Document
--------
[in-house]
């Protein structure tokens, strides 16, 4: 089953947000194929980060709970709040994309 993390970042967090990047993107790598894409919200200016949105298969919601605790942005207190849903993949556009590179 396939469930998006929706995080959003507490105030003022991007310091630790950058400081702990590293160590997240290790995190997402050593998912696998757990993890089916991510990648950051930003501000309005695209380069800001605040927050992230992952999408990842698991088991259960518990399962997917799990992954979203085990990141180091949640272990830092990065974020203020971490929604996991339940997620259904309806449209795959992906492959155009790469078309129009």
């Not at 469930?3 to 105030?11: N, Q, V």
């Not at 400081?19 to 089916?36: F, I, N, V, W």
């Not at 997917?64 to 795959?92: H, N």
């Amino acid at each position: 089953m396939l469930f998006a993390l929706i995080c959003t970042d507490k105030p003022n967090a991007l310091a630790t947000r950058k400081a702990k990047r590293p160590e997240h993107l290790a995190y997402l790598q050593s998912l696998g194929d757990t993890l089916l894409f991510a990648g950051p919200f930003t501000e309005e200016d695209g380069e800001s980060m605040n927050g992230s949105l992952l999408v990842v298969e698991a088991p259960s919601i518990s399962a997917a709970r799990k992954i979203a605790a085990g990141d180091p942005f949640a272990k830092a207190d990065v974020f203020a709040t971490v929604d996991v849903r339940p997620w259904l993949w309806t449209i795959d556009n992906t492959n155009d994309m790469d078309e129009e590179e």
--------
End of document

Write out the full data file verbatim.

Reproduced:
[in-house]
């Protein structure tokens, strides 16, 4: 089953947000194929980060709970709040994309 993390970042967090990047993107790598894409919200200016949105298969919601605790942005207190849903993949556009590179 396939469930998006929706995080959003507490105030003022991007310091630790950058400081702990590293160590997240290790995190997402050593998912696998757990993890089916991510990648950051930003501000309005695209380069800001605040927050992230992952999408990842698991088991259960518990399962997917799990992954979203085990990141180091949640272990830092990065974020203020971490929604996991339940997620259904309806449209795959992906492959155009790469078309129009």
């Not at 469930?3 to 105030?11: N, Q, V």
């Not at 400081?19 to 089916?36: F, I, N, V, W």
């Not at 997917?64 to 795959?92: H, N």
């Amino acid at each position: 089953m396939l469930f998006a993390l929706i995080c959003t970042d507490k105030p003022n967090a991007l310091a630790t947000r950058k400081a702990k990047r590293p160590e997240h993107l290790a995190y997402l790598q050593s998912l696998g194929d757990t993890l089916l894409f991510a990648g950051p919200f930003t501000e309005e200016d695209g380069e800001s980060m605040n927050g992230s949105l992952l999408v990842v298969e698991a088991p259960s919601i518990s399962a997917a709970r799990k992954i979203a605790a085990g990141d180091p942005f949640a272990k830092a207190d990065v974020f203020a709040t971490v929604d996991v849903r339940p997620w259904l993949w309806t449209i795959d556009n992906t492959n155009d994309m790469d078309e129009e590179e």